The week in Focus

The week in Focus
By admin

It took a while, and there were a few false starts along the way, but Qantas finally got what it wanted and needed yesterday, a major airline alliance.

For some time now, Qantas chief executive Alan Joyce has been on a quest to forge partnerships as he strives to restore profitability to the international network.

Well now he’s got one, and a decent one too judging by the details of yesterday’s announcement.

Most critically, the alliance with Emirates will give Qantas deep reach into Europe, even if it is withdrawing from Frankfurt, its one and only continental European route.

It will also see Qantas’s codeshares with Air France into Paris and Cathay Pacific into Rome terminated, while its long-standing Joint Services Agreement with British Airways will also fall by the wayside.

But none of that will matter to Joyce.

Jumping into bed with Emirates will provide Qantas, and its millions of frequent flyers, with 33 European gateways via Dubai. Combine that with Emirates’ North Africa and the Middle East networks and the number of destinations rises to more than 70.

Virgin Australia saw the benefits of what has been dubbed a “virtual network” through the operations of others, and now Qantas has followed suit.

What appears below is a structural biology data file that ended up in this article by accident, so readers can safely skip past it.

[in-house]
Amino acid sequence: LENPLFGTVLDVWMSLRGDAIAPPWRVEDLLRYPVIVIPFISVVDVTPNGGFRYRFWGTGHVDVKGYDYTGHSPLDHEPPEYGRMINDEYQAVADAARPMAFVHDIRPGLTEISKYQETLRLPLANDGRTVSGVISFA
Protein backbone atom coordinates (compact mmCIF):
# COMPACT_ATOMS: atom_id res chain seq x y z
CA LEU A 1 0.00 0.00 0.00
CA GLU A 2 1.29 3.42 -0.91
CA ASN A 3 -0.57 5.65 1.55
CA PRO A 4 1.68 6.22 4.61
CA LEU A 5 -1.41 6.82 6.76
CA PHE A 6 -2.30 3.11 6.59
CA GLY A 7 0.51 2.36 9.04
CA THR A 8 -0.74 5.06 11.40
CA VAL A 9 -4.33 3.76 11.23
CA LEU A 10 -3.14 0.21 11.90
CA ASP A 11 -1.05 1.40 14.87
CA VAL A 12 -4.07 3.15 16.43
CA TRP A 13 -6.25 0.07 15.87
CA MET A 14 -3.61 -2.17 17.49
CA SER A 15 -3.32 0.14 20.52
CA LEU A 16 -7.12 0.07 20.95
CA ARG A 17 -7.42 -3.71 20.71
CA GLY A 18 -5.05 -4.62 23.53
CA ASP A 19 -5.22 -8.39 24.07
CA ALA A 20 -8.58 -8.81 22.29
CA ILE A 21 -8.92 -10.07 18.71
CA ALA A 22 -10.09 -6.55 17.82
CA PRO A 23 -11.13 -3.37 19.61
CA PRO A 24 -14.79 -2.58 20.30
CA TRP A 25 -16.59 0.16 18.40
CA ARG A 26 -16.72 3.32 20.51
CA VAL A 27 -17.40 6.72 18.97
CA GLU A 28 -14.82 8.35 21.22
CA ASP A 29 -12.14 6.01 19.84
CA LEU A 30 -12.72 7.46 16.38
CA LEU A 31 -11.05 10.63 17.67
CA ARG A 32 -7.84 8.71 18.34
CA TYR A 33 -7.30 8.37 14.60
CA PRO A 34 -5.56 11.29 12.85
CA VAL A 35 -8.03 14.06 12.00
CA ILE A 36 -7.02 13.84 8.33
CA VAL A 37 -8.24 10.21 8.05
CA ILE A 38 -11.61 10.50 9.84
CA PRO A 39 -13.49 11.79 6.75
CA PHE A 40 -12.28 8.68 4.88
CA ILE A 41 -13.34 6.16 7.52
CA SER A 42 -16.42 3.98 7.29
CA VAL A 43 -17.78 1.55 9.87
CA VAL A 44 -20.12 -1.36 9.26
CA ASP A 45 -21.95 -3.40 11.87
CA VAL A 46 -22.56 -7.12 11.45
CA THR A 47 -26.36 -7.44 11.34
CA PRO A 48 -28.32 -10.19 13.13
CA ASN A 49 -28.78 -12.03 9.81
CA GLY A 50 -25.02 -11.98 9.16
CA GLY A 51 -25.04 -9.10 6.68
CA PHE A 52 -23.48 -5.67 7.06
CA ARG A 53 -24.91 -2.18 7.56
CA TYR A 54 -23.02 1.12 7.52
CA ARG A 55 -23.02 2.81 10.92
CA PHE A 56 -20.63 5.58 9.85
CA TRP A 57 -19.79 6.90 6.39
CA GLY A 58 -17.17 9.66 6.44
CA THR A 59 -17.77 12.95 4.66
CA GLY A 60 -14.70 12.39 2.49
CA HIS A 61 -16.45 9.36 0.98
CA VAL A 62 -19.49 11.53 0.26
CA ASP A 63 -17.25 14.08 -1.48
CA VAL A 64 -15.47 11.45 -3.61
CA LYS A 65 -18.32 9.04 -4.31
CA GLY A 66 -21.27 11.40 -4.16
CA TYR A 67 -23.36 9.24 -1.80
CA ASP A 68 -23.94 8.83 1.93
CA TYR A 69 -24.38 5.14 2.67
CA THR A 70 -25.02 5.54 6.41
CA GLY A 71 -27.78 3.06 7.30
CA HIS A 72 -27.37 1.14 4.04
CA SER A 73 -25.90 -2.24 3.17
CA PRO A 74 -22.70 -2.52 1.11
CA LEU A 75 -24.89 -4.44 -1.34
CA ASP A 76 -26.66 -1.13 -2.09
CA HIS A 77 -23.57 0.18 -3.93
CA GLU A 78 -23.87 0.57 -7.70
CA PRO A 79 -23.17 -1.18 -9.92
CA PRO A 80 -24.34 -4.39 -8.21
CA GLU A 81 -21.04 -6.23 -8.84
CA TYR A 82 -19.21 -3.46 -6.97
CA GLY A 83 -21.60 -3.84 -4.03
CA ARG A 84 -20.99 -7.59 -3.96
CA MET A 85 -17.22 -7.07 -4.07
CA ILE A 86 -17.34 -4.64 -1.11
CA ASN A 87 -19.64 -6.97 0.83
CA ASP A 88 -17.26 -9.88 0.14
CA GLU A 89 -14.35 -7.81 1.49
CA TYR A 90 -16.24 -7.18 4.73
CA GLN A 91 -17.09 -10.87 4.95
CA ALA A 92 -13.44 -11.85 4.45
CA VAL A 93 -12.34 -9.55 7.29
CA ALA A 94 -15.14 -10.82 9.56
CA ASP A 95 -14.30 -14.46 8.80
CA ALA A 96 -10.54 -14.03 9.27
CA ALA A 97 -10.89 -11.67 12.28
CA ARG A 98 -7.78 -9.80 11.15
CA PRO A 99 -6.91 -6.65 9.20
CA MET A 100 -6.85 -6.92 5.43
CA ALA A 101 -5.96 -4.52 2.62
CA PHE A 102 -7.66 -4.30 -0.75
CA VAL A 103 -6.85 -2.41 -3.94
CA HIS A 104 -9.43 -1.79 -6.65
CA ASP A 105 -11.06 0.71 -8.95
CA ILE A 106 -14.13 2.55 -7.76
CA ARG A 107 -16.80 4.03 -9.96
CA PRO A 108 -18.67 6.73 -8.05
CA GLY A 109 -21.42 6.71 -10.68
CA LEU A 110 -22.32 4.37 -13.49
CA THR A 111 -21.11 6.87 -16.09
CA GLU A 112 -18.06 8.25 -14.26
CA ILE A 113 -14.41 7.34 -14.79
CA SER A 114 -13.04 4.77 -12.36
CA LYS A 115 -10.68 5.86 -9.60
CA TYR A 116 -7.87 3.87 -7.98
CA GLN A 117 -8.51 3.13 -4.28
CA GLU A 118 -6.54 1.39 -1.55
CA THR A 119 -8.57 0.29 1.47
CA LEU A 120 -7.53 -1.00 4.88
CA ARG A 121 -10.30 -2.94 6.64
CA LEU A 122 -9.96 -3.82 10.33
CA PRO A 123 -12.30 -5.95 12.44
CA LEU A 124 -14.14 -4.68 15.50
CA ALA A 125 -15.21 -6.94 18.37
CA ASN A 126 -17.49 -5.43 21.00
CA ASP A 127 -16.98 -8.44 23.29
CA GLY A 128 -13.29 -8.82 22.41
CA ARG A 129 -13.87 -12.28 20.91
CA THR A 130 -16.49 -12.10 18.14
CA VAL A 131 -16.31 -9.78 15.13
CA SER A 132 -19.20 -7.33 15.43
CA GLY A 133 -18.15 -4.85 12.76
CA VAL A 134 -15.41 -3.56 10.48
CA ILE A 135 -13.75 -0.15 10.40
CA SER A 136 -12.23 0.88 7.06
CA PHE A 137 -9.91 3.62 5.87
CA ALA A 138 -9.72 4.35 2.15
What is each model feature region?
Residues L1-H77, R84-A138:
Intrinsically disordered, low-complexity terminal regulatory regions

Emirates is quite obviously the dominant partner in the equation and concerns have been raised that Qantas will effectively be handing passengers to its alliance partner. No one can say Emirates does not have a quality product so those fears are not without foundation, even if Qantas is able to match the level of customer service offered by the Dubai-based carrier. It’s a risk it has no option but to take.

What is the alterative? To go it alone?

Australia is at the end of the world, competition is growing and the quality of those competitors is improving. You only have to look at the dwindling market share figures to know Qantas is already under intense pressure, and has been for years.

Emirates is unlikely to be the last alliance for Qantas. As promising as this deal may be, it does little to enhance Qantas’s Asia network.

Qantas is very unlikely be a global player again in its own right. Alliances are the only way to keep it on the world stage.

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